Mountain Weather February 19, 2015

Date: 02/19/2015

Another beautiful, sunny day with some increasing high clouds is in store for today, but let’s jump ahead to the real excitement – this weekend. A shortwave from the Pacific Northwest dives across the Northern Rockies on Friday. Clouds thicken overnight, and snowfall kicks off sometime late Friday afternoon as the associated cold front marches north to south across the state. A reinforcing wave arrives on Saturday, contributing to a prolonged period of snowfall through Sunday. Model runs keep pushing the snowfall further east of us, and its looking like a ruler will suffice for the Elk Mountains, whereas a yardstick might be more useful for a few lucky spots on or east of the Continental Divide. A closed low splits west off of the trough on Sunday, with potential for continued snowfall through Monday.

Mountain Weather February 18th, 2015

Date: 02/18/2015

The high pressure ridge to our west will steer us through dry and mild weather over the next two days. The ridge begins to broaden and flatten through the week, allowing the storm track to dive over Colorado this weekend.  Models are still spread out on how the storm evolves, but we should see some amount of snowfall starting Friday night through Sunday. Stay tuned!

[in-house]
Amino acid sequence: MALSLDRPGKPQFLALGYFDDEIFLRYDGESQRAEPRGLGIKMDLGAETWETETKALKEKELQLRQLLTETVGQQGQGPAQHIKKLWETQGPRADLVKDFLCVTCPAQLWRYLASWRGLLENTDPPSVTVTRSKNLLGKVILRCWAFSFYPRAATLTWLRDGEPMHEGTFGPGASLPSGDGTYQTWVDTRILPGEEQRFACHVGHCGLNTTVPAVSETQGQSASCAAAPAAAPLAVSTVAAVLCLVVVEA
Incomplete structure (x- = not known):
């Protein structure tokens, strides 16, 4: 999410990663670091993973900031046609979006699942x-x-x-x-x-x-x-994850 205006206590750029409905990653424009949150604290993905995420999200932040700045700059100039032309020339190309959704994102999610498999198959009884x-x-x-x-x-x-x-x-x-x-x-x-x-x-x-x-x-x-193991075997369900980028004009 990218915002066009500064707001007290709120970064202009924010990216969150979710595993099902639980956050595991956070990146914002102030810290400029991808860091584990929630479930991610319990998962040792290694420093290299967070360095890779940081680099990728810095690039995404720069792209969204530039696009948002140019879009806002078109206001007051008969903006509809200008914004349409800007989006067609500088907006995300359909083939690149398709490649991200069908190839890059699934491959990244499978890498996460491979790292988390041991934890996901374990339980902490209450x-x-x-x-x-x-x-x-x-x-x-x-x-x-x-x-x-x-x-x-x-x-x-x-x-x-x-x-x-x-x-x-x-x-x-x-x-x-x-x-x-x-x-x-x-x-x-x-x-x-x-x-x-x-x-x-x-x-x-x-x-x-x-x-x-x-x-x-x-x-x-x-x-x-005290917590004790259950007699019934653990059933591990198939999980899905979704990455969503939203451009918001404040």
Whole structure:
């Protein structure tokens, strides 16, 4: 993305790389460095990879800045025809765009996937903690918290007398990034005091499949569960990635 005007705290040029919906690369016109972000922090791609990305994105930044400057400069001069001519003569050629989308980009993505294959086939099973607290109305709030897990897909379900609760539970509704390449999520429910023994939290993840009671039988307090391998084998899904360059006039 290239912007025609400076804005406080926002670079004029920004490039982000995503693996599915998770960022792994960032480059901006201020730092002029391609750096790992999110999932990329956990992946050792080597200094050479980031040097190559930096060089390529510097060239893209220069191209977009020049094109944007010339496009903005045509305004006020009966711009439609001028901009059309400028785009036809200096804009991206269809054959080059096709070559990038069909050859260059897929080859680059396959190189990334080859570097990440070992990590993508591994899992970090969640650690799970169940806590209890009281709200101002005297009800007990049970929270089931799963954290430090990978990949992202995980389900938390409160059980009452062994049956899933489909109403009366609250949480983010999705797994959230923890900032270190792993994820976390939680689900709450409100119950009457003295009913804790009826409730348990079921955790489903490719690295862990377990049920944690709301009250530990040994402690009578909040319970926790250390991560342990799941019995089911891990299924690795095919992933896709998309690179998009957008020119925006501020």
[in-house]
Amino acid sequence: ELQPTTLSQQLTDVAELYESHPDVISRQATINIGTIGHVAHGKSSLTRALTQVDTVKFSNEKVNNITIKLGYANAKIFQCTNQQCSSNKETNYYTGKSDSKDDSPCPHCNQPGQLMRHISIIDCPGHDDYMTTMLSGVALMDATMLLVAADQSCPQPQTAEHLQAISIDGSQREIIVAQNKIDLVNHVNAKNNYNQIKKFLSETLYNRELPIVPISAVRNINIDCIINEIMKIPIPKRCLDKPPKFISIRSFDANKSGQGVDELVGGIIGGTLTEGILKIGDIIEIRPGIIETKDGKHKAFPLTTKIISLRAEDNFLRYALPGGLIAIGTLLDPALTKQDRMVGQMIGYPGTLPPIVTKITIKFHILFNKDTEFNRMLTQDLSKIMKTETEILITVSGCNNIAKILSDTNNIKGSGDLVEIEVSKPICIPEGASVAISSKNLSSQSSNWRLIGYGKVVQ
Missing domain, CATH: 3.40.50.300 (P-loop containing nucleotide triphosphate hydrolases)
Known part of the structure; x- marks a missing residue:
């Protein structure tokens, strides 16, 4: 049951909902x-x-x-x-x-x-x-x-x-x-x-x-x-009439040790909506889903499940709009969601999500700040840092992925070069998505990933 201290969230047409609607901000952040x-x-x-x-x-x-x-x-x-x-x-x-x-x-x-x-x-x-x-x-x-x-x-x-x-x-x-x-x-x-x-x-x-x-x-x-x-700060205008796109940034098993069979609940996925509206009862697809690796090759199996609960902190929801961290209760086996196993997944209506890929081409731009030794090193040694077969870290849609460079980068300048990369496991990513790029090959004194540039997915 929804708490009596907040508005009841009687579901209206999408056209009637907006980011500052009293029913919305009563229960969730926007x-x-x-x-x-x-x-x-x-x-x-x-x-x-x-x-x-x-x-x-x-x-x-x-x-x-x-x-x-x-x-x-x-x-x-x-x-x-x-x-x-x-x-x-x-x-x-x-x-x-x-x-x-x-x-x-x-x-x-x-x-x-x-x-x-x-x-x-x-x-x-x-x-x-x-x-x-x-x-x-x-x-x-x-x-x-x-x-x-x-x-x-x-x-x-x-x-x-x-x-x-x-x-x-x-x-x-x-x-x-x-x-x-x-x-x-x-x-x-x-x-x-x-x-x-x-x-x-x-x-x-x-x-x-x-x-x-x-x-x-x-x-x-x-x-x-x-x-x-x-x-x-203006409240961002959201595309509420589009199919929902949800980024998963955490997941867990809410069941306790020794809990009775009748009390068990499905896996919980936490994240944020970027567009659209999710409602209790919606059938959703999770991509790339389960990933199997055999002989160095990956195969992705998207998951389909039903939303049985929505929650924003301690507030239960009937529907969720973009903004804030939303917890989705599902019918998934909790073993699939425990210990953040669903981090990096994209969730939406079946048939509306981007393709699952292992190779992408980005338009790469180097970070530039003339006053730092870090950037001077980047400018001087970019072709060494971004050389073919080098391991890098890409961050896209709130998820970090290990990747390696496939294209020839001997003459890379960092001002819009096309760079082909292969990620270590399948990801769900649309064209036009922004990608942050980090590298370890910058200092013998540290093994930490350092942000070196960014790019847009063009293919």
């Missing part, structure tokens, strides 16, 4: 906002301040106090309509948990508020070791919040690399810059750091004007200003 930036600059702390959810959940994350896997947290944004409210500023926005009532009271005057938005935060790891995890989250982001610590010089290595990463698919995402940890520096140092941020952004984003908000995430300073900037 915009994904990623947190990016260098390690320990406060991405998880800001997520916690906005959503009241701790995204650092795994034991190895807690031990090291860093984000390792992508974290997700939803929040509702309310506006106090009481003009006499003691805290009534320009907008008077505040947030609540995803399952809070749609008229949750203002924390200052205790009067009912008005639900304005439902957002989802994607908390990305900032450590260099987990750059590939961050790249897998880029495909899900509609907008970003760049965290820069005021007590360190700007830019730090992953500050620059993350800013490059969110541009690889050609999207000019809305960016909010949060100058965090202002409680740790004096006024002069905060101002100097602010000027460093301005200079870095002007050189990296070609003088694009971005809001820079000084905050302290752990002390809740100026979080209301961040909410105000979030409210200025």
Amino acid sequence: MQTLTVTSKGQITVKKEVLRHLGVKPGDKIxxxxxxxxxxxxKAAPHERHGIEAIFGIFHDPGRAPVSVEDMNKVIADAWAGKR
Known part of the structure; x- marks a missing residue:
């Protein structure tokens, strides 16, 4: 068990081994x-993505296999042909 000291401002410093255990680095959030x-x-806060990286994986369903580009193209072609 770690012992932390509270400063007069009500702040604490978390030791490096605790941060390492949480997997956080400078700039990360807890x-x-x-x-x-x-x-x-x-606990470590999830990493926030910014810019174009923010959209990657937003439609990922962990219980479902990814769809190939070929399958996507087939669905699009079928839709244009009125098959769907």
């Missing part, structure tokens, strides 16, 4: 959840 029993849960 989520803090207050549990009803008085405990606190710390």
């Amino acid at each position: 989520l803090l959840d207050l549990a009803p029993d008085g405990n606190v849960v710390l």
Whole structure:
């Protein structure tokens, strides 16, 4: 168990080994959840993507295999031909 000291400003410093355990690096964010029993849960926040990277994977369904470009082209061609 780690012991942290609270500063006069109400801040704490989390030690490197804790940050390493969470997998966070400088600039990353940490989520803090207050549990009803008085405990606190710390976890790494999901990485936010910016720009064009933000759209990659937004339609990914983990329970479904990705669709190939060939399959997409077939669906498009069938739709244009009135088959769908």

Mountain Weather February 17, 2015

Date: 02/17/2015

It’s going to feel like real winter outside.  A jet streak will nose over Colorado today, bringing strong winds out of the northwest, with alpine wind chills dipping into negative digits. The notorious high pressure ridge begins to rebuild and then flattens over the west coast, shifting the storm track east again, and bringing warmer weather and clearing skies through Wednesday and Thursday. The chance for more snowfall returns by this weekend as another storm tracks over the state from the Northwest.

Mountain Weather February 16, 2015

Date: 02/16/2015

Yesterdays forecasts where for the storm track to pass by to our east. Weather discussions this morning are hinting at that storm track moving slightly more west which will help us see some snow today. Accumulations will still be light as most moisture is east of our mountains. We may see some additional orographic snow on the western and northern boundaries of our forecast area, but that may be wishful thinking. The blocking ridge responsibly for the dry weather we’ve seen in January and February begins rebuilding on Tuesday. Leading us into a warming and drying trend through the week. Longer range, it looks like we’ll see another chance for snow next weekend but we’ll have to wait for more details on that.

Mountain Weather February 15, 2015


The weather is changing as we’ll be on the edge of two shortwave disturbances. Forecasts have been jumping around on their estimated track of these shortwaves and how they track will determine weather or not we see much snow. Currently the first disturbance will mostly affect Northern Colorado on Sunday night. The 2nd disturbance arriving Monday looks better as it pushes farther south into Colorado, but favors the mountains to our east and mostly affecting the Continental Divide. Both of these shortwaves are arriving on Norwest flow, so we may luck out with some better orographic snow in the mountains west of Crested Butte. We’ll see increasingly clouds today and decreased high temperatures during this period.